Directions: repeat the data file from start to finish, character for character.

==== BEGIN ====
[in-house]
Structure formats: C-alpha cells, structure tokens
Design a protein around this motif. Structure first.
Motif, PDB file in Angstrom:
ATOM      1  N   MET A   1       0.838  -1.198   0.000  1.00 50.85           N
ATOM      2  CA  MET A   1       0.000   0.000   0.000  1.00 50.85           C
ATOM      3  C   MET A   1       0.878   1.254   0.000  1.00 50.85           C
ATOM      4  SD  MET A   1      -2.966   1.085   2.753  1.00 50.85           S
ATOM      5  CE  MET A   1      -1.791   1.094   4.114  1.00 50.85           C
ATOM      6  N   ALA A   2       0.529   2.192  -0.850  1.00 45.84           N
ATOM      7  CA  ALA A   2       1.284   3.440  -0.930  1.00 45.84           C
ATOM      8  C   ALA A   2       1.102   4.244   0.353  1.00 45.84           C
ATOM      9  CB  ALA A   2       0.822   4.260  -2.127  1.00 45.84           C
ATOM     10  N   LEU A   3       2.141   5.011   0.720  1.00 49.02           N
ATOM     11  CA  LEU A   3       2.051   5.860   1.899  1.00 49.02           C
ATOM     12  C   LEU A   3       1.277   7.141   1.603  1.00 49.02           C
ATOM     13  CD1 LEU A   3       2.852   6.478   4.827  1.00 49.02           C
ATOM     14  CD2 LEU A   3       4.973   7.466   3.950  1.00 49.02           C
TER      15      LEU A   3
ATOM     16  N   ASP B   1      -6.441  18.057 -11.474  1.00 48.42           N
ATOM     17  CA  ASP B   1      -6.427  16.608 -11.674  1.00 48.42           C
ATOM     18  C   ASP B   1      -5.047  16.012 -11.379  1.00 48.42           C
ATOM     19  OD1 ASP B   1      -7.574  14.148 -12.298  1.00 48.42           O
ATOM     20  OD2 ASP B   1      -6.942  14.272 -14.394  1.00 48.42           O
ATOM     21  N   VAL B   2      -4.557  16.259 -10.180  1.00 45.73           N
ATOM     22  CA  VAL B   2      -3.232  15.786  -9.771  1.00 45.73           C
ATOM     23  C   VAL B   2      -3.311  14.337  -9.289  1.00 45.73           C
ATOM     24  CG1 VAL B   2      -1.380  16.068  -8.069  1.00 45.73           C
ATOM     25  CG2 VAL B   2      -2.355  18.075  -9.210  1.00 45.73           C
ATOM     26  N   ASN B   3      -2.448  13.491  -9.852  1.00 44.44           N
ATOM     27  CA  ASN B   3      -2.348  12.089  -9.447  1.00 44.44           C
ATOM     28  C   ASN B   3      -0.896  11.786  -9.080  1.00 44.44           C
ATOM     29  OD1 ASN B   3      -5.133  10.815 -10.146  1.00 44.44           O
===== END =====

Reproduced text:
[in-house]
Structure formats: C-alpha cells, structure tokens
Design a protein around this motif. Structure first.
Motif, PDB file in Angstrom:
ATOM      1  N   MET A   1       0.838  -1.198   0.000  1.00 50.85           N
ATOM      2  CA  MET A   1       0.000   0.000   0.000  1.00 50.85           C
ATOM      3  C   MET A   1       0.878   1.254   0.000  1.00 50.85           C
ATOM      4  SD  MET A   1      -2.966   1.085   2.753  1.00 50.85           S
ATOM      5  CE  MET A   1      -1.791   1.094   4.114  1.00 50.85           C
ATOM      6  N   ALA A   2       0.529   2.192  -0.850  1.00 45.84           N
ATOM      7  CA  ALA A   2       1.284   3.440  -0.930  1.00 45.84           C
ATOM      8  C   ALA A   2       1.102   4.244   0.353  1.00 45.84           C
ATOM      9  CB  ALA A   2       0.822   4.260  -2.127  1.00 45.84           C
ATOM     10  N   LEU A   3       2.141   5.011   0.720  1.00 49.02           N
ATOM     11  CA  LEU A   3       2.051   5.860   1.899  1.00 49.02           C
ATOM     12  C   LEU A   3       1.277   7.141   1.603  1.00 49.02           C
ATOM     13  CD1 LEU A   3       2.852   6.478   4.827  1.00 49.02           C
ATOM     14  CD2 LEU A   3       4.973   7.466   3.950  1.00 49.02           C
TER      15      LEU A   3
ATOM     16  N   ASP B   1      -6.441  18.057 -11.474  1.00 48.42           N
ATOM     17  CA  ASP B   1      -6.427  16.608 -11.674  1.00 48.42           C
ATOM     18  C   ASP B   1      -5.047  16.012 -11.379  1.00 48.42           C
ATOM     19  OD1 ASP B   1      -7.574  14.148 -12.298  1.00 48.42           O
ATOM     20  OD2 ASP B   1      -6.942  14.272 -14.394  1.00 48.42           O
ATOM     21  N   VAL B   2      -4.557  16.259 -10.180  1.00 45.73           N
ATOM     22  CA  VAL B   2      -3.232  15.786  -9.771  1.00 45.73           C
ATOM     23  C   VAL B   2      -3.311  14.337  -9.289  1.00 45.73           C
ATOM     24  CG1 VAL B   2      -1.380  16.068  -8.069  1.00 45.73           C
ATOM     25  CG2 VAL B   2      -2.355  18.075  -9.210  1.00 45.73           C
ATOM     26  N   ASN B   3      -2.448  13.491  -9.852  1.00 44.44           N
ATOM     27  CA  ASN B   3      -2.348  12.089  -9.447  1.00 44.44           C
ATOM     28  C   ASN B   3      -0.896  11.786  -9.080  1.00 44.44           C
ATOM     29  OD1 ASN B   3      -5.133  10.815 -10.146  1.00 44.44           O